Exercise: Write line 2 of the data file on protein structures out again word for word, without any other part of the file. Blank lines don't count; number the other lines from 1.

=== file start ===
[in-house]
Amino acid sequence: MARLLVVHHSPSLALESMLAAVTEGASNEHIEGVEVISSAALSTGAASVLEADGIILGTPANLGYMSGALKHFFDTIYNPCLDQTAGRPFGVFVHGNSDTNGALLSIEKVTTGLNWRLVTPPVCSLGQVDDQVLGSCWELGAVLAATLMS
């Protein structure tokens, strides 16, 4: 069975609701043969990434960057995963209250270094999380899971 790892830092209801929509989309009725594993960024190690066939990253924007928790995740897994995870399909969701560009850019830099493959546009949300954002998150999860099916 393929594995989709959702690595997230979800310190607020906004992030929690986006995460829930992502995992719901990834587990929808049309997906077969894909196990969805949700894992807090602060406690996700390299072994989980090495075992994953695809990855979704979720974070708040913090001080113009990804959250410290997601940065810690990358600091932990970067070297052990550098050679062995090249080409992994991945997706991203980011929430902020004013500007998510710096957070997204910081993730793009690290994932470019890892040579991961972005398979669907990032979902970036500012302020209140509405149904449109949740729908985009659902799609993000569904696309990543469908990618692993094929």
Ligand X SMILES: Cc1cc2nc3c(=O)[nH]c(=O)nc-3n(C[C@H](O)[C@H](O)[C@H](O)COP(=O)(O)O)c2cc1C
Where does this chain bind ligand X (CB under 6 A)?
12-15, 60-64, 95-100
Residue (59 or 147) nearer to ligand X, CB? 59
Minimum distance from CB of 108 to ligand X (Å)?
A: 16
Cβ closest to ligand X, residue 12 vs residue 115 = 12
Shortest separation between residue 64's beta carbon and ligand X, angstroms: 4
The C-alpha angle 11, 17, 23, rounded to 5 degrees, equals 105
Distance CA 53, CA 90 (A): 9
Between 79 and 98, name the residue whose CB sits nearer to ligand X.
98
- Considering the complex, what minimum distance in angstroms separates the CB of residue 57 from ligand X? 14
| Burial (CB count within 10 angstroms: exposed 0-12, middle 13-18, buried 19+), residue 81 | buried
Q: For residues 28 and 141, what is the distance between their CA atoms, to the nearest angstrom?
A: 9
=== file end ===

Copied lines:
Amino acid sequence: MARLLVVHHSPSLALESMLAAVTEGASNEHIEGVEVISSAALSTGAASVLEADGIILGTPANLGYMSGALKHFFDTIYNPCLDQTAGRPFGVFVHGNSDTNGALLSIEKVTTGLNWRLVTPPVCSLGQVDDQVLGSCWELGAVLAATLMS